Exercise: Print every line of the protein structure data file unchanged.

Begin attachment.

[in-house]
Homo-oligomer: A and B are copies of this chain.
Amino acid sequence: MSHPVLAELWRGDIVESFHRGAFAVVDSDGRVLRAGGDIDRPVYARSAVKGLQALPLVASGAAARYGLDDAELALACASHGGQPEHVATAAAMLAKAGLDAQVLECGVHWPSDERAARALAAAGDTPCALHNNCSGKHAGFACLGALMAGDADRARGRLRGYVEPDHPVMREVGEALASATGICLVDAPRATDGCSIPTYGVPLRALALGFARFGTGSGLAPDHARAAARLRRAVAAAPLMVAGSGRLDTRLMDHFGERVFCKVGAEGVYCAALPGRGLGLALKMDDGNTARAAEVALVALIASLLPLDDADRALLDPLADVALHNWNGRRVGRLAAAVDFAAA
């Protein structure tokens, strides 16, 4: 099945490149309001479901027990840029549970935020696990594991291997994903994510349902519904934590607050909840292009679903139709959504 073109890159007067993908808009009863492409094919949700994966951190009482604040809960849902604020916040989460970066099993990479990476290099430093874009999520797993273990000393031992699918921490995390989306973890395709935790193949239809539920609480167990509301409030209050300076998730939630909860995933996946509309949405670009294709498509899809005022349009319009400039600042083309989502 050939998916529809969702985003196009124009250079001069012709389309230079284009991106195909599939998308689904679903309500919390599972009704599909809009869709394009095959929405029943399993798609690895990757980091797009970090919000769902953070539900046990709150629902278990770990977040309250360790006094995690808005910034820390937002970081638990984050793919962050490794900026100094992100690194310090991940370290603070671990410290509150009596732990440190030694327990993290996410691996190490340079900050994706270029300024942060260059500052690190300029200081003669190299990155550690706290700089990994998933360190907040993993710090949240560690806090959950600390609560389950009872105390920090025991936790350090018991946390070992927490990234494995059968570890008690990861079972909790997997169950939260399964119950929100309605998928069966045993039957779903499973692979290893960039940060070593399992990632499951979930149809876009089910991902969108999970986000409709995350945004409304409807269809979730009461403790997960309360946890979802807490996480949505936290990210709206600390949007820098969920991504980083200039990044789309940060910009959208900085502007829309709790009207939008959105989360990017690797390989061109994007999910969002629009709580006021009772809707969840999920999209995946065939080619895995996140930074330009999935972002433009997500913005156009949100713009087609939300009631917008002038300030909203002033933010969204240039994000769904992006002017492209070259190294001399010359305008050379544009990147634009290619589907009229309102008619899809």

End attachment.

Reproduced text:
[in-house]
Homo-oligomer: A and B are copies of this chain.
Amino acid sequence: MSHPVLAELWRGDIVESFHRGAFAVVDSDGRVLRAGGDIDRPVYARSAVKGLQALPLVASGAAARYGLDDAELALACASHGGQPEHVATAAAMLAKAGLDAQVLECGVHWPSDERAARALAAAGDTPCALHNNCSGKHAGFACLGALMAGDADRARGRLRGYVEPDHPVMREVGEALASATGICLVDAPRATDGCSIPTYGVPLRALALGFARFGTGSGLAPDHARAAARLRRAVAAAPLMVAGSGRLDTRLMDHFGERVFCKVGAEGVYCAALPGRGLGLALKMDDGNTARAAEVALVALIASLLPLDDADRALLDPLADVALHNWNGRRVGRLAAAVDFAAA
């Protein structure tokens, strides 16, 4: 099945490149309001479901027990840029549970935020696990594991291997994903994510349902519904934590607050909840292009679903139709959504 073109890159007067993908808009009863492409094919949700994966951190009482604040809960849902604020916040989460970066099993990479990476290099430093874009999520797993273990000393031992699918921490995390989306973890395709935790193949239809539920609480167990509301409030209050300076998730939630909860995933996946509309949405670009294709498509899809005022349009319009400039600042083309989502 050939998916529809969702985003196009124009250079001069012709389309230079284009991106195909599939998308689904679903309500919390599972009704599909809009869709394009095959929405029943399993798609690895990757980091797009970090919000769902953070539900046990709150629902278990770990977040309250360790006094995690808005910034820390937002970081638990984050793919962050490794900026100094992100690194310090991940370290603070671990410290509150009596732990440190030694327990993290996410691996190490340079900050994706270029300024942060260059500052690190300029200081003669190299990155550690706290700089990994998933360190907040993993710090949240560690806090959950600390609560389950009872105390920090025991936790350090018991946390070992927490990234494995059968570890008690990861079972909790997997169950939260399964119950929100309605998928069966045993039957779903499973692979290893960039940060070593399992990632499951979930149809876009089910991902969108999970986000409709995350945004409304409807269809979730009461403790997960309360946890979802807490996480949505936290990210709206600390949007820098969920991504980083200039990044789309940060910009959208900085502007829309709790009207939008959105989360990017690797390989061109994007999910969002629009709580006021009772809707969840999920999209995946065939080619895995996140930074330009999935972002433009997500913005156009949100713009087609939300009631917008002038300030909203002033933010969204240039994000769904992006002017492209070259190294001399010359305008050379544009990147634009290619589907009229309102008619899809």